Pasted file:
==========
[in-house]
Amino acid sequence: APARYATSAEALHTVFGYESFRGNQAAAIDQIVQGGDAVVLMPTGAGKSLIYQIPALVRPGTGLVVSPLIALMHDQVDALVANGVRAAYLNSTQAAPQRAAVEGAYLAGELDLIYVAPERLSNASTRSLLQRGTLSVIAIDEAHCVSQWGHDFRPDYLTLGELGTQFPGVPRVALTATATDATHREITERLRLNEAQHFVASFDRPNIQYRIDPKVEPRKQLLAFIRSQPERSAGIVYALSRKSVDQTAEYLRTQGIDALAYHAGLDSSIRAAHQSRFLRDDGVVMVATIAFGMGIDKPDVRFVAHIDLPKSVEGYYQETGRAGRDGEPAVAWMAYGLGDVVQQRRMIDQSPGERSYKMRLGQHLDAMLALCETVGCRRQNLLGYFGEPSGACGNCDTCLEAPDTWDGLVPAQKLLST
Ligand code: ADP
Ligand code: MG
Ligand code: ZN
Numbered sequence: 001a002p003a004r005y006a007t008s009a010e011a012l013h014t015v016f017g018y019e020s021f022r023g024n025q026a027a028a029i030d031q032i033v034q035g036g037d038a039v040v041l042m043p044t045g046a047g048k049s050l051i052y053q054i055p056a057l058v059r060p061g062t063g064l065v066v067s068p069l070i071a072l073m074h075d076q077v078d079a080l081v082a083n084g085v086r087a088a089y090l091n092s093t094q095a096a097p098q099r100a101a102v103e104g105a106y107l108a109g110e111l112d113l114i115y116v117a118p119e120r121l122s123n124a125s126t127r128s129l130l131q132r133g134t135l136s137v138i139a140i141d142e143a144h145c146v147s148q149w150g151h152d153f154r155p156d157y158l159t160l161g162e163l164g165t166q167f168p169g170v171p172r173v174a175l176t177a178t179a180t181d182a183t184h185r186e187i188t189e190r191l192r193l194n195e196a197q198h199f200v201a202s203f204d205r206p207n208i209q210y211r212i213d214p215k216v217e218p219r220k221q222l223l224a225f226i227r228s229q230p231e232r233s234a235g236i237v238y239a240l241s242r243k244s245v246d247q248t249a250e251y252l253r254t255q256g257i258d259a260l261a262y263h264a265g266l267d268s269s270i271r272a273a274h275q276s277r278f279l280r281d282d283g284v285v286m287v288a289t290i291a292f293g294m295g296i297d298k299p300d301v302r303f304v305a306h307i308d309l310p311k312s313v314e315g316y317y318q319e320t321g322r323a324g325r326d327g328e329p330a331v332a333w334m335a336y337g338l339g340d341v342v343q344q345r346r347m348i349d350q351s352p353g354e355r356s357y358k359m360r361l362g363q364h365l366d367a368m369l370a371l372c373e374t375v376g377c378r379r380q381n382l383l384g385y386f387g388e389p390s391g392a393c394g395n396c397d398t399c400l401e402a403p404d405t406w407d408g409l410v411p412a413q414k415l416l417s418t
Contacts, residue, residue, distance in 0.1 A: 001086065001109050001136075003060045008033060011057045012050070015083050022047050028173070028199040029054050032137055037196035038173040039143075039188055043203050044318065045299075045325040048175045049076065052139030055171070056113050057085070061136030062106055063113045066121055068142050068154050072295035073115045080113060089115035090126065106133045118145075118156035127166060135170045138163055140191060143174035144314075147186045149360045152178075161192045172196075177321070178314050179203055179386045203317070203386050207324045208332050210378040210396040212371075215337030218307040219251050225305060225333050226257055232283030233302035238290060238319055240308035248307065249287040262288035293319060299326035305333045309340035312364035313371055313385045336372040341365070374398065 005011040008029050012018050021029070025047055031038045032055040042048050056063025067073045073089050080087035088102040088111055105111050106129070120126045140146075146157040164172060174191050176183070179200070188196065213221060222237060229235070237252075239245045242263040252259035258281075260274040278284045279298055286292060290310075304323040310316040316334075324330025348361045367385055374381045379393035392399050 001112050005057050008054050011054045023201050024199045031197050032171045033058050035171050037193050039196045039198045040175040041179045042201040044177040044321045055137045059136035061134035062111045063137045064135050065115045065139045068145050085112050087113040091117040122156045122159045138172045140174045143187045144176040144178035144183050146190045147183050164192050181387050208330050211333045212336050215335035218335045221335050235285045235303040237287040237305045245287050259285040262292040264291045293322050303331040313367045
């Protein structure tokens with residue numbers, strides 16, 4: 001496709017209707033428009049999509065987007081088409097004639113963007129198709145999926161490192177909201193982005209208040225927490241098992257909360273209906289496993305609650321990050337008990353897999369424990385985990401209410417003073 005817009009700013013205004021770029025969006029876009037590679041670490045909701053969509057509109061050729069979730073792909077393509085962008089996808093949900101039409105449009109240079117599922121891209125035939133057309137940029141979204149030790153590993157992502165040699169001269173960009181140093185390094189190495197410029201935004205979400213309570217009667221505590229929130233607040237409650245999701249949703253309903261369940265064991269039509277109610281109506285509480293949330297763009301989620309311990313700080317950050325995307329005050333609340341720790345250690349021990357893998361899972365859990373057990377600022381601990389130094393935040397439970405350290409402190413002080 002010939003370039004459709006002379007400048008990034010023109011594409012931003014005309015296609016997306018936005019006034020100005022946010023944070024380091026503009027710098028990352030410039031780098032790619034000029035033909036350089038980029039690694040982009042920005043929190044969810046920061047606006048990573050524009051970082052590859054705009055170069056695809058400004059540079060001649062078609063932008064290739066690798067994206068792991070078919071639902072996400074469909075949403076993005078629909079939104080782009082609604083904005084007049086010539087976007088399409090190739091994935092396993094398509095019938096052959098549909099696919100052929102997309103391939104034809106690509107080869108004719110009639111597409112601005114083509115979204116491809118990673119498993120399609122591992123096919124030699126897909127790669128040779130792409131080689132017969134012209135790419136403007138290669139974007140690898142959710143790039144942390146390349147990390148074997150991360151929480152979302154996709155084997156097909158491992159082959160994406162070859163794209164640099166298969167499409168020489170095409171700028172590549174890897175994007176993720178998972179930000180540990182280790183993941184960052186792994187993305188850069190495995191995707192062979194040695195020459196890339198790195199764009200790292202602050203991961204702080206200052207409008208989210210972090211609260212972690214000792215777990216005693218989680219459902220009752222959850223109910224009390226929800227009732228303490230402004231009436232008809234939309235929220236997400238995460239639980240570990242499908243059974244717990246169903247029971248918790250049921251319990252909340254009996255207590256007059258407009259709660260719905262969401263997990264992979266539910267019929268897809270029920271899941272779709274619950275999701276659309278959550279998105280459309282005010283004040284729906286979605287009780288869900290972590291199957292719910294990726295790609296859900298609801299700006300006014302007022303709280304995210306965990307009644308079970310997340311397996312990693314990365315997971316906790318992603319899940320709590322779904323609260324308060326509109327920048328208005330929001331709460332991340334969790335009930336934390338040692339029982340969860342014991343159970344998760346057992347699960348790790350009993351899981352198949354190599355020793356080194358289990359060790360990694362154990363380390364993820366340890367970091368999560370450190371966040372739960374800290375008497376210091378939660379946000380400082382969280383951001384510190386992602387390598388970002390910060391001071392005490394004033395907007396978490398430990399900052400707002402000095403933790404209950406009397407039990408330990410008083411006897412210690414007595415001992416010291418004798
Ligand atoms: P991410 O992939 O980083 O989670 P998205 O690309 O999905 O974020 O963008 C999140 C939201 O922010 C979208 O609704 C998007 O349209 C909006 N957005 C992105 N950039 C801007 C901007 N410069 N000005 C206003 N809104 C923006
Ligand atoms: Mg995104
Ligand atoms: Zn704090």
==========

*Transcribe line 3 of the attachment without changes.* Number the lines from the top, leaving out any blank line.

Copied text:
Ligand code: ADP